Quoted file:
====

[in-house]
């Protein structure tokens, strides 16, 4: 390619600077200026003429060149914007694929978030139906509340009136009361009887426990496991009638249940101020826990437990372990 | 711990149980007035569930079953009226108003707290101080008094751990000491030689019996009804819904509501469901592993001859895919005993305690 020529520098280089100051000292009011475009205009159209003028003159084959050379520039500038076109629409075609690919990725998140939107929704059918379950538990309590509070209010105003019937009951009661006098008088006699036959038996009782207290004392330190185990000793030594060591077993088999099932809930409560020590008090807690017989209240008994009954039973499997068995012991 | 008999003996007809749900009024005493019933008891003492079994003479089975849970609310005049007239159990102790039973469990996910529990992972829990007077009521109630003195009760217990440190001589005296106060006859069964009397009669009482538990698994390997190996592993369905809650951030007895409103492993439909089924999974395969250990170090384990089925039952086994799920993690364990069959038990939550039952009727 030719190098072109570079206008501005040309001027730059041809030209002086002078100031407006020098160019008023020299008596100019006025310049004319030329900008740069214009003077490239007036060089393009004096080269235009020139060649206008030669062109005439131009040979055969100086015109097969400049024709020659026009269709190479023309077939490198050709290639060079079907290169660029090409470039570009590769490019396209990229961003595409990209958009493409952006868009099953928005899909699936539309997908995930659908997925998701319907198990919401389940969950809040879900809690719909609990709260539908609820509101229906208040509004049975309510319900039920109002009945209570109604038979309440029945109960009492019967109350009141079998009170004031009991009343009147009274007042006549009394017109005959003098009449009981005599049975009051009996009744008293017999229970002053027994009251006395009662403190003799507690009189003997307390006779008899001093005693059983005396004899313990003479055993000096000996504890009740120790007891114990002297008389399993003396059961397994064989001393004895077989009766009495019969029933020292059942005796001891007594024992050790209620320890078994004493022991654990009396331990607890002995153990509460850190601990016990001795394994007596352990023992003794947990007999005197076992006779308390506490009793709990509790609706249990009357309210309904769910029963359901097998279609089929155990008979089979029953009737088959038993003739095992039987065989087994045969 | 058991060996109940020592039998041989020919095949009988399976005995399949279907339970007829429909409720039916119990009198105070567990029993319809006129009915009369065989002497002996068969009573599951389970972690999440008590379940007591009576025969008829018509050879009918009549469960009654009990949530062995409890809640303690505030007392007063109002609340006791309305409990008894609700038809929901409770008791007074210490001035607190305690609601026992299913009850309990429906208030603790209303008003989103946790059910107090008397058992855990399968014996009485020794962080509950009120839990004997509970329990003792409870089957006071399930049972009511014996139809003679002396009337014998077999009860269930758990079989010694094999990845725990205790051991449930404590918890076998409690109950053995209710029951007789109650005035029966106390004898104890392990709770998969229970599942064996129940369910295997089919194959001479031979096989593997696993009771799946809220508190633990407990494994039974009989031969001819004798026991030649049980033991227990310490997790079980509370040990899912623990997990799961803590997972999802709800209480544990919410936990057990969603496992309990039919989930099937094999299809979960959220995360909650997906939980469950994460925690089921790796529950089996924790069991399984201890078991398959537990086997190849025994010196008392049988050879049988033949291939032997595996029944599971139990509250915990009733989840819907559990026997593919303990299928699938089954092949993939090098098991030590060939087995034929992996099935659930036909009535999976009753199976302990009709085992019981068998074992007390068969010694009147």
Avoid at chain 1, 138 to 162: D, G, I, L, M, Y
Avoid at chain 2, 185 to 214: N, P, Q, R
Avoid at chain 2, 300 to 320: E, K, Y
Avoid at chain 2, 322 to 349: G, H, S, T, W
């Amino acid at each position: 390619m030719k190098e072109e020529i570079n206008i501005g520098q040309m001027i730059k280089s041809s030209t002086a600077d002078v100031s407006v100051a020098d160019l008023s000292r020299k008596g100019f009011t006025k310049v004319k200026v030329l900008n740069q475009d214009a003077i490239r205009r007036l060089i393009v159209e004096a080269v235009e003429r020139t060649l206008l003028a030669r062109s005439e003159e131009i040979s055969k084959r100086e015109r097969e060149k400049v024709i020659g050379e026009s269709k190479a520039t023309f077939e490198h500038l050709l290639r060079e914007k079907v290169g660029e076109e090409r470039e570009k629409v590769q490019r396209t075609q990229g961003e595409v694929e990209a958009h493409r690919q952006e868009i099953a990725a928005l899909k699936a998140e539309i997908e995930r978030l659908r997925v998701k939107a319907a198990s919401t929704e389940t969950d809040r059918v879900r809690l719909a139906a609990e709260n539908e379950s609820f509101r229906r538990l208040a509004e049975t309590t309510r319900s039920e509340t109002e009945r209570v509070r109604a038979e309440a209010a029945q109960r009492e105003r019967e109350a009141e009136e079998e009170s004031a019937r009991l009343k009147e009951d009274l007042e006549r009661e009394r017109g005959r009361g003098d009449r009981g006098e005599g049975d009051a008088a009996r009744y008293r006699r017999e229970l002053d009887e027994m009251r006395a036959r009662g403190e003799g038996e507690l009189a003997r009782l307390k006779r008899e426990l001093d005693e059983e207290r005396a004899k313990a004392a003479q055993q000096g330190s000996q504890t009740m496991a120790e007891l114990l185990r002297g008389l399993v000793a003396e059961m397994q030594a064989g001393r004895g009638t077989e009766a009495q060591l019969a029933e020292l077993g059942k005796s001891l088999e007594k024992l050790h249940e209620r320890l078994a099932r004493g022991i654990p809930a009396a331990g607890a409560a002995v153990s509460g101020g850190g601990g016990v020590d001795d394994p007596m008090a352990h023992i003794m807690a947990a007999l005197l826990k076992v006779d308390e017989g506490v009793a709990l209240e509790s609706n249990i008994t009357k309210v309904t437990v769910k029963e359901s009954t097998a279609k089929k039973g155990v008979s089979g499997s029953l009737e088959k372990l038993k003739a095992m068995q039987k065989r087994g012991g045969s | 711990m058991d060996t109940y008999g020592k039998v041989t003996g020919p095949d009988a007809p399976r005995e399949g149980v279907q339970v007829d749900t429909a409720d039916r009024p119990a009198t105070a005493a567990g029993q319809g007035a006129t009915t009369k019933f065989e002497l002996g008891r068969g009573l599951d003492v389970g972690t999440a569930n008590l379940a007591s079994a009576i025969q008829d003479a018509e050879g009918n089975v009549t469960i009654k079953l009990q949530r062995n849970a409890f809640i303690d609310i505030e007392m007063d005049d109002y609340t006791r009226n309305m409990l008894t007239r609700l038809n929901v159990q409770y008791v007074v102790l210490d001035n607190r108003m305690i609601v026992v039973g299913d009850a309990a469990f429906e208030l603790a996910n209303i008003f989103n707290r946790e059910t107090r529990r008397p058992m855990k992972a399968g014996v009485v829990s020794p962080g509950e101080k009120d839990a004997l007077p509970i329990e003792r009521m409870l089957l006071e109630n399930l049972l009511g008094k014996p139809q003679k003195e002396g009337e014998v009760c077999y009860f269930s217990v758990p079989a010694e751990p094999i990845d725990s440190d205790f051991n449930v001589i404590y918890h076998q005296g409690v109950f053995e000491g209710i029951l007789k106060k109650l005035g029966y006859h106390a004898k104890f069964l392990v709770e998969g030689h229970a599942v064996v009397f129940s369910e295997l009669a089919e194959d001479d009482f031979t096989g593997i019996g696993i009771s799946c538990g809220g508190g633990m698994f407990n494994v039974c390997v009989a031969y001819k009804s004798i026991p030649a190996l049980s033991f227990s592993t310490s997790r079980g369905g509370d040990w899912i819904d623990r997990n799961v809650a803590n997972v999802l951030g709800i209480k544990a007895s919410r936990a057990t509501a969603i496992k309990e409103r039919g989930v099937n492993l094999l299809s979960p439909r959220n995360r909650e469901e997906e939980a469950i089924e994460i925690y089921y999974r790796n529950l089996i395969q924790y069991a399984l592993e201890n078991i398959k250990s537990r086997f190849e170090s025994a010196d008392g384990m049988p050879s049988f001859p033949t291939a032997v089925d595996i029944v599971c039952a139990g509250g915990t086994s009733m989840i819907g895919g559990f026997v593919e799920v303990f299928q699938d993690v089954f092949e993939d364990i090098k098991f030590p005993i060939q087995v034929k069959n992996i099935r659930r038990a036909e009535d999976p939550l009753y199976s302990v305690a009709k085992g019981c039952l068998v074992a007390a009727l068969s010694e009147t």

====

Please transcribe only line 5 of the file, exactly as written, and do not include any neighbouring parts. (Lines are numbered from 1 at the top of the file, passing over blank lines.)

Avoid at chain 2, 300 to 320: E, K, Y